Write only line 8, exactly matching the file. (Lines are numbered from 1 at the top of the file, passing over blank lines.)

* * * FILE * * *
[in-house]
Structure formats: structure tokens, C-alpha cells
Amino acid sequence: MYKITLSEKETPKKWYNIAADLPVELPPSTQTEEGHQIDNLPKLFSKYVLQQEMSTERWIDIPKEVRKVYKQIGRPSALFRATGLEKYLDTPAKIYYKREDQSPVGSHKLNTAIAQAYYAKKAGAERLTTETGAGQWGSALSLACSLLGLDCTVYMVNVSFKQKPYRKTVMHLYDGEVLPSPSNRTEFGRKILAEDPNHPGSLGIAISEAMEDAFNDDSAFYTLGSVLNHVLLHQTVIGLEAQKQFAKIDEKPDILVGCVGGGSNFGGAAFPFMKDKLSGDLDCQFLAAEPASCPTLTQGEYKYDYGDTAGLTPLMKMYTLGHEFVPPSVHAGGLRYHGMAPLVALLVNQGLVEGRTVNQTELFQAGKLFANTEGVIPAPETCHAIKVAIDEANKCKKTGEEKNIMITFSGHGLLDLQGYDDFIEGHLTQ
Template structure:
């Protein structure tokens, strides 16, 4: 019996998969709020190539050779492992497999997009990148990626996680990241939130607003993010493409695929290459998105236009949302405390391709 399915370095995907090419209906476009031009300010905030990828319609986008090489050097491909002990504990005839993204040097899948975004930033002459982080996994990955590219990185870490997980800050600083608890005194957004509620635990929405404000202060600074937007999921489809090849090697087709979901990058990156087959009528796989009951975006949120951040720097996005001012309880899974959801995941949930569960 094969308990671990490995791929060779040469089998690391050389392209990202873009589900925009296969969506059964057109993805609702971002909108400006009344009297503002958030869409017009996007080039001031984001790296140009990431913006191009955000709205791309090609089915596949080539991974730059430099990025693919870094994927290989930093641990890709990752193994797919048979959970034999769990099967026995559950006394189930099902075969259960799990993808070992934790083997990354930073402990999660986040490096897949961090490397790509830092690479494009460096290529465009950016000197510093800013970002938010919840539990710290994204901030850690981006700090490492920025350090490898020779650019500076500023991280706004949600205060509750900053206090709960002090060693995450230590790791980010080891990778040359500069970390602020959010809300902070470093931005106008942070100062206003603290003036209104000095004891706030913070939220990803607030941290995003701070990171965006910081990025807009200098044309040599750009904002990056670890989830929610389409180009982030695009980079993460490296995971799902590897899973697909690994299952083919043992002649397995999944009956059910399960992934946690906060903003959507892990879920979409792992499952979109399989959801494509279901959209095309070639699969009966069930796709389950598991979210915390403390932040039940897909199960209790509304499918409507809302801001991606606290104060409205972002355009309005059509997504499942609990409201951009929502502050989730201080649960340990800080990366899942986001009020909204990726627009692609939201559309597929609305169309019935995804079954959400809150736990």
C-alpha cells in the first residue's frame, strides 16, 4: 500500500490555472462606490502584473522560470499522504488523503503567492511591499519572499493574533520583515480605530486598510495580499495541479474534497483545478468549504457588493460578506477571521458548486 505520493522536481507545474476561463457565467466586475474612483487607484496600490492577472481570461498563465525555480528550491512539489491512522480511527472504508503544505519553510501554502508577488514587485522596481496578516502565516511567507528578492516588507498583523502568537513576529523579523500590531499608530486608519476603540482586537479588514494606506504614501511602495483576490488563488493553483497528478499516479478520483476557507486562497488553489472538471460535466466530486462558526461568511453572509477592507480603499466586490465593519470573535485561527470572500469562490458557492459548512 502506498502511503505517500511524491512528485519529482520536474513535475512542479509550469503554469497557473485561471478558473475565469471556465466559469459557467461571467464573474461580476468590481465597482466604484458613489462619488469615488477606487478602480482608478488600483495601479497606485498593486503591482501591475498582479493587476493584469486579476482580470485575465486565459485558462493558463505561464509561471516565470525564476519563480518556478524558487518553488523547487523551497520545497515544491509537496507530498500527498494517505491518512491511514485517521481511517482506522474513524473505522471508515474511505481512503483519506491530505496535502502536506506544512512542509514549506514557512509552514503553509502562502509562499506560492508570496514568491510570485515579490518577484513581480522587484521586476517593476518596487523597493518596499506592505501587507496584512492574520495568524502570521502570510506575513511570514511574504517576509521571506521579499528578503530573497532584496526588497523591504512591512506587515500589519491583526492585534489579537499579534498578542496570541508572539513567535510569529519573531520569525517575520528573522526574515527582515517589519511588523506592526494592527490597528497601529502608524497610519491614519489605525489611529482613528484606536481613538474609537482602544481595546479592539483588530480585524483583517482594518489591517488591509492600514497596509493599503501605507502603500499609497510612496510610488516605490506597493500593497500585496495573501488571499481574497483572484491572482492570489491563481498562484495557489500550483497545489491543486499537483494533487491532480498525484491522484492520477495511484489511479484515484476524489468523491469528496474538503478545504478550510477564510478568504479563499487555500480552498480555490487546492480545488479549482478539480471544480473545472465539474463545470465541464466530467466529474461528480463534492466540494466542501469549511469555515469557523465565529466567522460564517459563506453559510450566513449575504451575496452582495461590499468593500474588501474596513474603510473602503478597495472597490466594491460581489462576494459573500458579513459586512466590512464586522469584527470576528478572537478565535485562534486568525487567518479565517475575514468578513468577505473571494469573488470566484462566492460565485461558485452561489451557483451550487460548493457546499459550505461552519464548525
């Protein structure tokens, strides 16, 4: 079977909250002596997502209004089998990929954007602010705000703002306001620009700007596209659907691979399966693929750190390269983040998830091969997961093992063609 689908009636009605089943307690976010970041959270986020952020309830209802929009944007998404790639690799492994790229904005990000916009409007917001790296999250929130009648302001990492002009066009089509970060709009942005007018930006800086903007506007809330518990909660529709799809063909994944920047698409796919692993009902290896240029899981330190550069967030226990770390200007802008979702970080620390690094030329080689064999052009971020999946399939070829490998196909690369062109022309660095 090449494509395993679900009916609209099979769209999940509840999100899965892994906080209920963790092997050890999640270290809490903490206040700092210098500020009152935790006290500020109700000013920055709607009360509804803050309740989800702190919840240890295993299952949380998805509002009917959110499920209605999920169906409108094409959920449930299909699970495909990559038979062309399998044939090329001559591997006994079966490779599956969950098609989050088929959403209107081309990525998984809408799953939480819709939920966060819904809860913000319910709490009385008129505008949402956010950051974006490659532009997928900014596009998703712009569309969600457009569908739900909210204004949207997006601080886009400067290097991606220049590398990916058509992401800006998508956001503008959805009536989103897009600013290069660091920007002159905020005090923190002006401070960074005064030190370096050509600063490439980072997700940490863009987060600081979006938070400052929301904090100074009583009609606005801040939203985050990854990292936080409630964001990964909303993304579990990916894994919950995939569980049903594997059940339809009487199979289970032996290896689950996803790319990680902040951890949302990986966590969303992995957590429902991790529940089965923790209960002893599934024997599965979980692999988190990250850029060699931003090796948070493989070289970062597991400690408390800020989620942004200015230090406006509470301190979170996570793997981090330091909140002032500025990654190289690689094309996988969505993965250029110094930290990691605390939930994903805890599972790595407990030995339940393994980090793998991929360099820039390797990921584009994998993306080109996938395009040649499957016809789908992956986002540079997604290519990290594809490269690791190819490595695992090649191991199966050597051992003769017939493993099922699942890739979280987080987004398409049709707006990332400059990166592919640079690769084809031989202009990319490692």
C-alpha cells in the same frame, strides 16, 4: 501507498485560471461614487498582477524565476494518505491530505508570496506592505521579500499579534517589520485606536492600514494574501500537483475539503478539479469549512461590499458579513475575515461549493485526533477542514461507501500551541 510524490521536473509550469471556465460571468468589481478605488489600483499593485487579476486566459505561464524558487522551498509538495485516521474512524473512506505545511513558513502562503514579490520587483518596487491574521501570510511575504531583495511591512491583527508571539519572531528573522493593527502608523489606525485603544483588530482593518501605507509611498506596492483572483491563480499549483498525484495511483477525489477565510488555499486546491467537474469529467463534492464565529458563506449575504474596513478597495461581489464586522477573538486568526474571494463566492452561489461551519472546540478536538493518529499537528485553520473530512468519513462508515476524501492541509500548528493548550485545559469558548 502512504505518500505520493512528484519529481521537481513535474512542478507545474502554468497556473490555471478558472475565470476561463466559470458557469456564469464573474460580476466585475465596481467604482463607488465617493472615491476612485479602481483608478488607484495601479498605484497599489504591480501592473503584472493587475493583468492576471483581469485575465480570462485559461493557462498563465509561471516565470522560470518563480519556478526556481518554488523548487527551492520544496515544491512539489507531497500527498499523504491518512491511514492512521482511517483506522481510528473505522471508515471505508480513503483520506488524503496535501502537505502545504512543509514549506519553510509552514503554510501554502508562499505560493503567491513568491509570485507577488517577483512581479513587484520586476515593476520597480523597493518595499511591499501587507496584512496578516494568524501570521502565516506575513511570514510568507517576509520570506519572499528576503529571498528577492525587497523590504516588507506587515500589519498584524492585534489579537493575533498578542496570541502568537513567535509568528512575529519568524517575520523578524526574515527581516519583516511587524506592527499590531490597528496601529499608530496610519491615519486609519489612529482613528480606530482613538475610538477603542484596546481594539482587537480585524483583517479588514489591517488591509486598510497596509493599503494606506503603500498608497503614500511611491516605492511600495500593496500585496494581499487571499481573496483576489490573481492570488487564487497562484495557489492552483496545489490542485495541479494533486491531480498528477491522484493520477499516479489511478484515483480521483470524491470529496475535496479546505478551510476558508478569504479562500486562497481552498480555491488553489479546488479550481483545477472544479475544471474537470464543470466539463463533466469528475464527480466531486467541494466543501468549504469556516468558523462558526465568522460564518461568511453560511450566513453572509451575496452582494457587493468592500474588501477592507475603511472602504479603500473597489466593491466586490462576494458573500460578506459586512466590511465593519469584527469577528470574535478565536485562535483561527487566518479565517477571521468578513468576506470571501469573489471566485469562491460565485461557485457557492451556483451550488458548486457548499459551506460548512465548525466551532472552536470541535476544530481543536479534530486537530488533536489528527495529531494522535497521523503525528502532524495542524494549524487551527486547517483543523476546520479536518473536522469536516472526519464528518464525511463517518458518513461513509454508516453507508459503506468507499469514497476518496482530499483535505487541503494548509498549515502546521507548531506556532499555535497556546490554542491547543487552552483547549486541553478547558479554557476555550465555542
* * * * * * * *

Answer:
C-alpha cells in the same frame, strides 16, 4: 501507498485560471461614487498582477524565476494518505491530505508570496506592505521579500499579534517589520485606536492600514494574501500537483475539503478539479469549512461590499458579513475575515461549493485526533477542514461507501500551541 510524490521536473509550469471556465460571468468589481478605488489600483499593485487579476486566459505561464524558487522551498509538495485516521474512524473512506505545511513558513502562503514579490520587483518596487491574521501570510511575504531583495511591512491583527508571539519572531528573522493593527502608523489606525485603544483588530482593518501605507509611498506596492483572483491563480499549483498525484495511483477525489477565510488555499486546491467537474469529467463534492464565529458563506449575504474596513478597495461581489464586522477573538486568526474571494463566492452561489461551519472546540478536538493518529499537528485553520473530512468519513462508515476524501492541509500548528493548550485545559469558548 502512504505518500505520493512528484519529481521537481513535474512542478507545474502554468497556473490555471478558472475565470476561463466559470458557469456564469464573474460580476466585475465596481467604482463607488465617493472615491476612485479602481483608478488607484495601479498605484497599489504591480501592473503584472493587475493583468492576471483581469485575465480570462485559461493557462498563465509561471516565470522560470518563480519556478526556481518554488523548487527551492520544496515544491512539489507531497500527498499523504491518512491511514492512521482511517483506522481510528473505522471508515471505508480513503483520506488524503496535501502537505502545504512543509514549506519553510509552514503554510501554502508562499505560493503567491513568491509570485507577488517577483512581479513587484520586476515593476520597480523597493518595499511591499501587507496584512496578516494568524501570521502565516506575513511570514510568507517576509520570506519572499528576503529571498528577492525587497523590504516588507506587515500589519498584524492585534489579537493575533498578542496570541502568537513567535509568528512575529519568524517575520523578524526574515527581516519583516511587524506592527499590531490597528496601529499608530496610519491615519486609519489612529482613528480606530482613538475610538477603542484596546481594539482587537480585524483583517479588514489591517488591509486598510497596509493599503494606506503603500498608497503614500511611491516605492511600495500593496500585496494581499487571499481573496483576489490573481492570488487564487497562484495557489492552483496545489490542485495541479494533486491531480498528477491522484493520477499516479489511478484515483480521483470524491470529496475535496479546505478551510476558508478569504479562500486562497481552498480555491488553489479546488479550481483545477472544479475544471474537470464543470466539463463533466469528475464527480466531486467541494466543501468549504469556516468558523462558526465568522460564518461568511453560511450566513453572509451575496452582494457587493468592500474588501477592507475603511472602504479603500473597489466593491466586490462576494458573500460578506459586512466590511465593519469584527469577528470574535478565536485562535483561527487566518479565517477571521468578513468576506470571501469573489471566485469562491460565485461557485457557492451556483451550488458548486457548499459551506460548512465548525466551532472552536470541535476544530481543536479534530486537530488533536489528527495529531494522535497521523503525528502532524495542524494549524487551527486547517483543523476546520479536518473536522469536516472526519464528518464525511463517518458518513461513509454508516453507508459503506468507499469514497476518496482530499483535505487541503494548509498549515502546521507548531506556532499555535497556546490554542491547543487552552483547549486541553478547558479554557476555550465555542